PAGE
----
Ammon Bundy, veteran of armed standoffs, builds militia network on COVID backlash

LA Times

The two dozen demonstrators pressed against the emergency-room doors, screaming to be let in.

“Show us the law!” they chanted.

“Let Grandma out!” one shouted.

They had descended on Legacy Salmon Creek Medical Center in Vancouver, Wash., the evening of Jan. 29 to protest the quarantine of Gayle Meyer, a 74-year-old patient who had refused to take a test for the coronavirus.

Police in riot gear guarded entrances as the activists — who authorities said were armed — insisted that Meyer was being held against her will, a claim the hospital denied.

Meyer’s 49-year-old daughter, Satin, an anti-mask activist licensed as her caregiver, had summoned the demonstrators, foot soldiers in a rapidly expanding network called People’s Rights. With the tap of a thumb on a smartphone, members can call a militia like they’d call an Uber and stage a protest within minutes.

Behind the organization is a familiar name: Ammon Bundy.

He is best known as the leader of the 2016 occupation of the Malheur National Wildlife Refuge in Oregon — a deadly 41-day standoff between federal agents and militants who rejected the federal government’s authority over public lands across the West.

Now Bundy has seized on the backlash against coronavirus restrictions as an opportunity to start a new movement.

Since last March, when he launched People’s Rights — which he describes as “neighborhood watch on steroids” — the organization has attracted tens of thousands of members and sponsored more than 50 demonstrations across the country, dispatching gun-toting activists to the homes of politicians, health agency managers and even a police officer who had arrested a protester.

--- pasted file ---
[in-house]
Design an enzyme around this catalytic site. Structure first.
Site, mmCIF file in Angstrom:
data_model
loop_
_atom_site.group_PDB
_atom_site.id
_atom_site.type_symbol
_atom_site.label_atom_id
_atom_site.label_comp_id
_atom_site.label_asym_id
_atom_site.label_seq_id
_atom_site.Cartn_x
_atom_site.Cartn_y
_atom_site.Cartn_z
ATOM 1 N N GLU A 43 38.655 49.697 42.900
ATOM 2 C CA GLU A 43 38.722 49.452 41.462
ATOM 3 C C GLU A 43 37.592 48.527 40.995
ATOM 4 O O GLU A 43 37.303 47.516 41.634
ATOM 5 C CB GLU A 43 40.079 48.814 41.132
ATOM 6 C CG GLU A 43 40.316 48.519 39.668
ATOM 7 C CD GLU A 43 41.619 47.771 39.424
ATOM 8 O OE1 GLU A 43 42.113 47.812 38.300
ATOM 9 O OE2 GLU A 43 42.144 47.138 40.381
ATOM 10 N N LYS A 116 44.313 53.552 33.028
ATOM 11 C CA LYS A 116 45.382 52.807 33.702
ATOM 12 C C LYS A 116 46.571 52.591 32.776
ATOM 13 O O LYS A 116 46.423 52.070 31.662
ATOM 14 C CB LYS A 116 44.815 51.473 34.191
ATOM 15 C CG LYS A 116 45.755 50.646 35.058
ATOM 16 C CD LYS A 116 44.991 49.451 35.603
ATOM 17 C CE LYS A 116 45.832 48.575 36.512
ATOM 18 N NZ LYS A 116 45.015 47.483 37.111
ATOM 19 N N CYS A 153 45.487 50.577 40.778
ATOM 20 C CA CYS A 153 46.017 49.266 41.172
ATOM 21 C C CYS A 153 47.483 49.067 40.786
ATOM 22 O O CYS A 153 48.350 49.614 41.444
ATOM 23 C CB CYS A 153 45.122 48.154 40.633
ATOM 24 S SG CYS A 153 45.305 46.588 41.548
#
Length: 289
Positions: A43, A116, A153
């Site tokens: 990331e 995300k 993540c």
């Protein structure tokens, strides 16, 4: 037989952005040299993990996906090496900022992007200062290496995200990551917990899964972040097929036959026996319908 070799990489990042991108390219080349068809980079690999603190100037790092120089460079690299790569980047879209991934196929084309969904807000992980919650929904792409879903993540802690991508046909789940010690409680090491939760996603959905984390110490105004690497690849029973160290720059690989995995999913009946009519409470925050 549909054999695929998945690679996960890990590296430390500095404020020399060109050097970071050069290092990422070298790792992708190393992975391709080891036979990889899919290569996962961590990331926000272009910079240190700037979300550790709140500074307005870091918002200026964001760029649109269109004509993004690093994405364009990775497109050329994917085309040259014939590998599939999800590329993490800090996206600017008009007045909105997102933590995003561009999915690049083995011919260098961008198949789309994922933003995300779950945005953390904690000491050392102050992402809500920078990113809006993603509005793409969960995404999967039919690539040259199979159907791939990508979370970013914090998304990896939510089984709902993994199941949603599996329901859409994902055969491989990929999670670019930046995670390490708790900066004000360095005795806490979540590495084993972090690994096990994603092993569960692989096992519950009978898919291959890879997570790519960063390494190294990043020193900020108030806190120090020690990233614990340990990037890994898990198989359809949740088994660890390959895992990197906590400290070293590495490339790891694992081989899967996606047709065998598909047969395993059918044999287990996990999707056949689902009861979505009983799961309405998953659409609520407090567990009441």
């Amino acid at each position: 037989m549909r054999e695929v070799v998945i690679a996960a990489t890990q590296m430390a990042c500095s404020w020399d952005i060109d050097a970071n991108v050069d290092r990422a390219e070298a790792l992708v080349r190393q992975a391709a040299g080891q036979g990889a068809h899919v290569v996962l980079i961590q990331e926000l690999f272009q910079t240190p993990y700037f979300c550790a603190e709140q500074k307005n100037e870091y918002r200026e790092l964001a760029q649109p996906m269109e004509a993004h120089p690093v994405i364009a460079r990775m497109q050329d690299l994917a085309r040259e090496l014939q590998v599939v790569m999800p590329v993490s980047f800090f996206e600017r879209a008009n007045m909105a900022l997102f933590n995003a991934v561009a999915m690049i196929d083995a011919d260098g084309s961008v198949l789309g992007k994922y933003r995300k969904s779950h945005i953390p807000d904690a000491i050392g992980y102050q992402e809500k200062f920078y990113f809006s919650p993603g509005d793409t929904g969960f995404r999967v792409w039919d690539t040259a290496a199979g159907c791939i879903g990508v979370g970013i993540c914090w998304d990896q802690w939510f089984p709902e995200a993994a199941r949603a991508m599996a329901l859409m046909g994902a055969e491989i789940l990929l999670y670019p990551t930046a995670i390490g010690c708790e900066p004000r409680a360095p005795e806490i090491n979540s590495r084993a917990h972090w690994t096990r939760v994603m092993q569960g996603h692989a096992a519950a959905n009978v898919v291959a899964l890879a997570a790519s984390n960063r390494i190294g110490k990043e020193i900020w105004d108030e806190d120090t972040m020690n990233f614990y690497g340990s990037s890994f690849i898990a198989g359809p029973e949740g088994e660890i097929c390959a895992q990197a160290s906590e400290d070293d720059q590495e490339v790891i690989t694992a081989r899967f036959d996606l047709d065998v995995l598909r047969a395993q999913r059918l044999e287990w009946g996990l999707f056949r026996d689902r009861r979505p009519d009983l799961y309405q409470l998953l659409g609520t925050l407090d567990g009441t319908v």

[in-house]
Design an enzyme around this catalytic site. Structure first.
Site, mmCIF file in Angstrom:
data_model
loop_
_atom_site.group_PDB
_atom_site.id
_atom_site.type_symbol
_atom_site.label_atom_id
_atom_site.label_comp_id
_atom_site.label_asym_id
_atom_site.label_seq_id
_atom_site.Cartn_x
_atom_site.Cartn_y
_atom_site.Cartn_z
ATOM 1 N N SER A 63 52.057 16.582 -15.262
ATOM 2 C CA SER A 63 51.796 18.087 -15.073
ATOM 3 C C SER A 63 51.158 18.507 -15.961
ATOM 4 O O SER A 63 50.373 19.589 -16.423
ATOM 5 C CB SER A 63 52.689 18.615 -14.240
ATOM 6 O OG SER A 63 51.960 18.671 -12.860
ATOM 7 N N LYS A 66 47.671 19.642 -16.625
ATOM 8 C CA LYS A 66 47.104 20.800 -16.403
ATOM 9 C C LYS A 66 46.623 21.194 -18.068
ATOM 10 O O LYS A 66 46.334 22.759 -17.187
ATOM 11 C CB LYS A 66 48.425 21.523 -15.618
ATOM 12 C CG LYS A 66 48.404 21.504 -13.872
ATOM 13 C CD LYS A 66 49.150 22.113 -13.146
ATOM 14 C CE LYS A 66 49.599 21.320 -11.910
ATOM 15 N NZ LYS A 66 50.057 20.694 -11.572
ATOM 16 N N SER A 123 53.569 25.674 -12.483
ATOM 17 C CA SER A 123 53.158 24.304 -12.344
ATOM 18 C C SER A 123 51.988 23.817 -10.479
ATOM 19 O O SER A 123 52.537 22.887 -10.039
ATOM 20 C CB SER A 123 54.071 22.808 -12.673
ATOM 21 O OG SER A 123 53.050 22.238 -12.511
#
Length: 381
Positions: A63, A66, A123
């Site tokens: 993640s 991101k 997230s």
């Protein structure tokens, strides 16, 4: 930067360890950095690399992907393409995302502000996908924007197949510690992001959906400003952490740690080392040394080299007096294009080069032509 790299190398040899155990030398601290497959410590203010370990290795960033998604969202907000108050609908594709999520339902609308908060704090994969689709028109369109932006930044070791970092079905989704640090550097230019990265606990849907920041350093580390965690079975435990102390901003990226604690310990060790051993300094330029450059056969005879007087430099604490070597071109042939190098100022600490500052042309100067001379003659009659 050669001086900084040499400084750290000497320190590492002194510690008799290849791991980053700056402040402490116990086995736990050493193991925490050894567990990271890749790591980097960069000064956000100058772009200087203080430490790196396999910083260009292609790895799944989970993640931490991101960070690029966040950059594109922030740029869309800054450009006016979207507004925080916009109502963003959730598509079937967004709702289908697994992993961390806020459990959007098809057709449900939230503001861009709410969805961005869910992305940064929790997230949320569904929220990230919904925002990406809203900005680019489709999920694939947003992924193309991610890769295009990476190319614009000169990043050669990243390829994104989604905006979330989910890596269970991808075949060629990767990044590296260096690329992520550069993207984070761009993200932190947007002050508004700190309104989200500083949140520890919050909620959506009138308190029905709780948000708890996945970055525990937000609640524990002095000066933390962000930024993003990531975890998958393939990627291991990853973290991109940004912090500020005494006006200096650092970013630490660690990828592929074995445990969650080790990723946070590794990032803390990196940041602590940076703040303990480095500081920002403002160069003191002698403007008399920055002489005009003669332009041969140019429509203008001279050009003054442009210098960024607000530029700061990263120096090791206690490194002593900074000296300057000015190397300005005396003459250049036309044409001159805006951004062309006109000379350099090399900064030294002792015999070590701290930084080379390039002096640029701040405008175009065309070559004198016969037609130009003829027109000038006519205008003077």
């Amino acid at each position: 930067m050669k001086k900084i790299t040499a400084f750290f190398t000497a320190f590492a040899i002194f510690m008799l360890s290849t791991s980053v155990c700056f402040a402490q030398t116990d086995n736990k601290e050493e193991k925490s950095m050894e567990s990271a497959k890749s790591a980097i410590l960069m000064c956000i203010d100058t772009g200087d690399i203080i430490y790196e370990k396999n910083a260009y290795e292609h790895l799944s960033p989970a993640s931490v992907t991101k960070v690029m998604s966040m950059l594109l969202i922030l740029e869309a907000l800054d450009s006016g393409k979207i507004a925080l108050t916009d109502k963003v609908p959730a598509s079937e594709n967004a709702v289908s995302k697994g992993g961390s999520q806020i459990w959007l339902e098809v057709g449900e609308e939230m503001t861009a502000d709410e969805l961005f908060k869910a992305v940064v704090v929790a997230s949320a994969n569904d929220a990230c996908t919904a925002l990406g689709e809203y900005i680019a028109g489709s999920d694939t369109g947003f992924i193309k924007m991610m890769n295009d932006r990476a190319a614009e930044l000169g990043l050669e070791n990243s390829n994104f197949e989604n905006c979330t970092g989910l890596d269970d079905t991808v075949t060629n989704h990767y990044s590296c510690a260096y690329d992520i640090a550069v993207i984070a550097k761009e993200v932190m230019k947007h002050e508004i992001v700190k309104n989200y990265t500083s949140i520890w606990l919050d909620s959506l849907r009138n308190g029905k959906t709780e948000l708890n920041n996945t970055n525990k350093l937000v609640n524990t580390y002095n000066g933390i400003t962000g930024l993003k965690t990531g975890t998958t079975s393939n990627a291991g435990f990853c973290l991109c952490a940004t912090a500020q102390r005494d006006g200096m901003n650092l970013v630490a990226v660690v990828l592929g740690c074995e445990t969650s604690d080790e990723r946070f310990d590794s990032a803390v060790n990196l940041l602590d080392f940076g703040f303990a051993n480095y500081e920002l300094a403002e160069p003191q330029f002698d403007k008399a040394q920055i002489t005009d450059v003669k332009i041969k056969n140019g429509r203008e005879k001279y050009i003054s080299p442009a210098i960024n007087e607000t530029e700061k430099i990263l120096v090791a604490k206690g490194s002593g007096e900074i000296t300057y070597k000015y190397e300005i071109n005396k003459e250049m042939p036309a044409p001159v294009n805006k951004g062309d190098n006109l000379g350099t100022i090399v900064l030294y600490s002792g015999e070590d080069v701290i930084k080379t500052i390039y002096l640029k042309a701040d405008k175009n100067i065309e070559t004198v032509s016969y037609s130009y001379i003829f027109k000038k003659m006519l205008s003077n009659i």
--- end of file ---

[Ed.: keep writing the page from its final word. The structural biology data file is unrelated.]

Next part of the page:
Experts who track extremists say that the network has significant overlap with white supremacist groups and other far-right organizations and that it has whipped up paranoia and rage, risking lives of hospital workers, health officers, politicians and others in the crosshairs.

“We have the potential for multiple Malheurs in multiple states, in that at any moment they could bring hardened far-right activists, often heavily armed, into any one event,” said Devin Burghart, executive director of the Institute for Research & Education on Human Rights.

In October, the Seattle-based organization and the Montana Human Rights Network published an investigation that found that Bundy had rapidly expanded People’s Rights by fusing his core of far-right paramilitary supporters with “a mass base of new activists radicalized in protest” of coronavirus restrictions.

Group leaders envision a form of “neighborhood nationalism,” in which the “righteous” stand against the “wicked,” the report said.

Investigators found that the network had 20,000 members in 16 states. In an interview with The Times late last month near his home in Idaho, Bundy claimed it had grown to almost 50,000 people in 35 states.

Last fall, Facebook removed an undisclosed number of People’s Rights pages from its platform after deeming the network a militarized social movement.

Bundy said his sole cause was defending the freedoms guaranteed under the Constitution — even for LGBTQ people and Black Lives Matter activists whose views he may oppose.

He said he never supported President Trump and didn’t vote in the last two presidential elections. In 2016, he was in prison awaiting trial, and this past November he didn’t see a point. Contending that the COVID-19 death toll is massively exaggerated, he said that Trump should have worked harder to keep churches and businesses open.

Nonetheless, he encouraged his followers to go to Washington for the now-infamous Jan. 6 rally to distribute leaflets and display People’s Rights banners to recruit more members. He said he condemned the siege on the Capitol.

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2 thoughts on “Ammon Bundy, veteran of armed standoffs, builds militia network on COVID backlash

  1. “We have the potential for multiple Malheurs in multiple states”

    I bet you do, considering 15 of the 28 were FEDS or CI’s!

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